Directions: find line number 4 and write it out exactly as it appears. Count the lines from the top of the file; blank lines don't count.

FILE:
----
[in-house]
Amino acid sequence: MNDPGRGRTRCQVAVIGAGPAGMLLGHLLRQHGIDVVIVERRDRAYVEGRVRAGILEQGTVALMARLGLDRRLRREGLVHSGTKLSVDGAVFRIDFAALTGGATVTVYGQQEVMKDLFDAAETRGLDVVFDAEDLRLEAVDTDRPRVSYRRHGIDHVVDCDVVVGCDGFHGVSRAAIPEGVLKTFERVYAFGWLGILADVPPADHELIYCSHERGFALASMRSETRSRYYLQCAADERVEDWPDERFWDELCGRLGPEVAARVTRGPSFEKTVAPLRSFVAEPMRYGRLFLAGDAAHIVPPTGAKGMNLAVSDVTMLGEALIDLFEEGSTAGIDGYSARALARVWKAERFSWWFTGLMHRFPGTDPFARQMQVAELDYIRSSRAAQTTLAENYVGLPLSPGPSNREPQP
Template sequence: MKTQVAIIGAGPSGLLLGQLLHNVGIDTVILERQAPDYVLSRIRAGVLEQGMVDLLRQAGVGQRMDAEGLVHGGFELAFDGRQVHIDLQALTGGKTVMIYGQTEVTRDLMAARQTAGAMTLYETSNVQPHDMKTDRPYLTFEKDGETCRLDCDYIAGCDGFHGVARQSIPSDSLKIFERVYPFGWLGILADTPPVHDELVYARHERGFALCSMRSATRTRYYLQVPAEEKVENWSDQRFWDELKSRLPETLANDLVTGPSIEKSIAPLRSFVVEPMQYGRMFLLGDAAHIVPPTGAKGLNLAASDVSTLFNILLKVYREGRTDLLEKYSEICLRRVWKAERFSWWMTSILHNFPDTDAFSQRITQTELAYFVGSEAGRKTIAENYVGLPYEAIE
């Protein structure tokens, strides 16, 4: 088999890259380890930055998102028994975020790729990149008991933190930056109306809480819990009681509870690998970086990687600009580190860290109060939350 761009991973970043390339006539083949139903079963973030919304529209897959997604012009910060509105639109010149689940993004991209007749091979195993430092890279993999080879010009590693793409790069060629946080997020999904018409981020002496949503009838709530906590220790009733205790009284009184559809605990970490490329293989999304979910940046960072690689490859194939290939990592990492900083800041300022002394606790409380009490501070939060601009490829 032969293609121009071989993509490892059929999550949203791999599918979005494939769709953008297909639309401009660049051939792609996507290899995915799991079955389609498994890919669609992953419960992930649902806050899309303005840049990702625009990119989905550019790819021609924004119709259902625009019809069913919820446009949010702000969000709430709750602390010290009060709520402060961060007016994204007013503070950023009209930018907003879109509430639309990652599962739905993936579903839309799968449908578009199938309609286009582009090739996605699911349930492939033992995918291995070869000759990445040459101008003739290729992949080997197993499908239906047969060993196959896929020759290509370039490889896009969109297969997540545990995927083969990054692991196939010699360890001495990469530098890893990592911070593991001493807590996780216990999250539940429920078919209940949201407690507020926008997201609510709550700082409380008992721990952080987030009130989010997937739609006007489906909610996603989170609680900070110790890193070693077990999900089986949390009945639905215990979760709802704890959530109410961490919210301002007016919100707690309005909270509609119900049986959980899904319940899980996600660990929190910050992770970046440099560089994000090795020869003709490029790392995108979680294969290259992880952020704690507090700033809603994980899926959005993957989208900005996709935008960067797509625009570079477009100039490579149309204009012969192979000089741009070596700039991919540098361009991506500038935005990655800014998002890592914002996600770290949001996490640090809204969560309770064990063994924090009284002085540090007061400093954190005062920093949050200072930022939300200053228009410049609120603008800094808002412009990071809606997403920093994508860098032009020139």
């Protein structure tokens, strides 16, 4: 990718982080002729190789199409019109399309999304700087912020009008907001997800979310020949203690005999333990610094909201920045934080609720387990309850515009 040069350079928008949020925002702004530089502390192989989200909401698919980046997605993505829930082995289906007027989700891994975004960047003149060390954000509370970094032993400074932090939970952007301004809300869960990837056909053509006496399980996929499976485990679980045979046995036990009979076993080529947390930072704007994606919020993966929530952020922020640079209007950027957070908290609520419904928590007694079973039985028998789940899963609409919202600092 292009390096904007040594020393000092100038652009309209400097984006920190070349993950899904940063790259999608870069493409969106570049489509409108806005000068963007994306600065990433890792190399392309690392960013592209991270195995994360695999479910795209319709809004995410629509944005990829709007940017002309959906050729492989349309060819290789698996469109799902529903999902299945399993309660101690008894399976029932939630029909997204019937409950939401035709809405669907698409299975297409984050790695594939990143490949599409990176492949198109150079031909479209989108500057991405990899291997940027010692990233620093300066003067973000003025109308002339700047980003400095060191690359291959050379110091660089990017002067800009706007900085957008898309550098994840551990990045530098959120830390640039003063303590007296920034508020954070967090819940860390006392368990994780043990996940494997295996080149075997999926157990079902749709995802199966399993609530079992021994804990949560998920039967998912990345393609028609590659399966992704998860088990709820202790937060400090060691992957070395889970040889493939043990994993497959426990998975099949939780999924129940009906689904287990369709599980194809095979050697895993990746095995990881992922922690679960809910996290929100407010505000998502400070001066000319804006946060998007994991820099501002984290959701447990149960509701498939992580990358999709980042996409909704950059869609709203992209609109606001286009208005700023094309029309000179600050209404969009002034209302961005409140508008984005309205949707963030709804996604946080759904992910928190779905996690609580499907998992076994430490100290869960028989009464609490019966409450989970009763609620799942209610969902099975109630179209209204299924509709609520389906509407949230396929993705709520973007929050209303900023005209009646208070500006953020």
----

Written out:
């Protein structure tokens, strides 16, 4: 088999890259380890930055998102028994975020790729990149008991933190930056109306809480819990009681509870690998970086990687600009580190860290109060939350 761009991973970043390339006539083949139903079963973030919304529209897959997604012009910060509105639109010149689940993004991209007749091979195993430092890279993999080879010009590693793409790069060629946080997020999904018409981020002496949503009838709530906590220790009733205790009284009184559809605990970490490329293989999304979910940046960072690689490859194939290939990592990492900083800041300022002394606790409380009490501070939060601009490829 032969293609121009071989993509490892059929999550949203791999599918979005494939769709953008297909639309401009660049051939792609996507290899995915799991079955389609498994890919669609992953419960992930649902806050899309303005840049990702625009990119989905550019790819021609924004119709259902625009019809069913919820446009949010702000969000709430709750602390010290009060709520402060961060007016994204007013503070950023009209930018907003879109509430639309990652599962739905993936579903839309799968449908578009199938309609286009582009090739996605699911349930492939033992995918291995070869000759990445040459101008003739290729992949080997197993499908239906047969060993196959896929020759290509370039490889896009969109297969997540545990995927083969990054692991196939010699360890001495990469530098890893990592911070593991001493807590996780216990999250539940429920078919209940949201407690507020926008997201609510709550700082409380008992721990952080987030009130989010997937739609006007489906909610996603989170609680900070110790890193070693077990999900089986949390009945639905215990979760709802704890959530109410961490919210301002007016919100707690309005909270509609119900049986959980899904319940899980996600660990929190910050992770970046440099560089994000090795020869003709490029790392995108979680294969290259992880952020704690507090700033809603994980899926959005993957989208900005996709935008960067797509625009570079477009100039490579149309204009012969192979000089741009070596700039991919540098361009991506500038935005990655800014998002890592914002996600770290949001996490640090809204969560309770064990063994924090009284002085540090007061400093954190005062920093949050200072930022939300200053228009410049609120603008800094808002412009990071809606997403920093994508860098032009020139």